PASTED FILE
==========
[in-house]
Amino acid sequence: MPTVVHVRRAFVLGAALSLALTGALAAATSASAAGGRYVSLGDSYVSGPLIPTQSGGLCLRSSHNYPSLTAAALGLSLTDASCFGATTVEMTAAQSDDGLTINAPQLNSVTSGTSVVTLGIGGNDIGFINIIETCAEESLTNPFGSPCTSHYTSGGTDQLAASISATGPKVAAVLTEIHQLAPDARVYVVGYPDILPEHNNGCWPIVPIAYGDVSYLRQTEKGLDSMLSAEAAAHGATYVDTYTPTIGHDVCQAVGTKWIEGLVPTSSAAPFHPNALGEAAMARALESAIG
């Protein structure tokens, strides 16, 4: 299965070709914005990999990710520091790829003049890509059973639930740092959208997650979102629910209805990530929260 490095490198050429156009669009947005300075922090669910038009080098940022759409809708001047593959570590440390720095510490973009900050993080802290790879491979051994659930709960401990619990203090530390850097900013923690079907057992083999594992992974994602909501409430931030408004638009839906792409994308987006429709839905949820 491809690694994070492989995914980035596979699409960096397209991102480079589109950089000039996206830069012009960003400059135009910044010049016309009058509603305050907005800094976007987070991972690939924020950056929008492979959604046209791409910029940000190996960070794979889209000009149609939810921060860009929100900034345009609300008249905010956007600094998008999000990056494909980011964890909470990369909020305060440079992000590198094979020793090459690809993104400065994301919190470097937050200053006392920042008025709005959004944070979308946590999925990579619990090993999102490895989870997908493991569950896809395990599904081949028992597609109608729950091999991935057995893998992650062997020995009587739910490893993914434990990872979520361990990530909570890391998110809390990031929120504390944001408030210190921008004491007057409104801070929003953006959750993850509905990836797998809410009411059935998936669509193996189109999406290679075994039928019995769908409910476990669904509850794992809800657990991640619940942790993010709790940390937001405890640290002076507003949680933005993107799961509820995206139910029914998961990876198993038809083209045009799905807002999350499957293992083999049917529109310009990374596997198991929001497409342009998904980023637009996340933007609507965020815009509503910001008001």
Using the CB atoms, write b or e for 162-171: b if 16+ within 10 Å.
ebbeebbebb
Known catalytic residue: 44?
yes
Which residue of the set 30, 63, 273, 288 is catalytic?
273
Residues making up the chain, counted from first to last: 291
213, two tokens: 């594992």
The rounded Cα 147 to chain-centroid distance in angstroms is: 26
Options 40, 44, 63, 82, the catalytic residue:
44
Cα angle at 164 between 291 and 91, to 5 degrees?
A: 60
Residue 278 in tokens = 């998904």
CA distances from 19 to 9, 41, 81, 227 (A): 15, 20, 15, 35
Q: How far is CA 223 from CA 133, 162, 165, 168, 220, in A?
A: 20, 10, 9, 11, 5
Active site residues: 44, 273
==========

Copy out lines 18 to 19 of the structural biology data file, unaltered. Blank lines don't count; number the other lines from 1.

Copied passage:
CA distances from 19 to 9, 41, 81, 227 (A): 15, 20, 15, 35
Q: How far is CA 223 from CA 133, 162, 165, 168, 220, in A?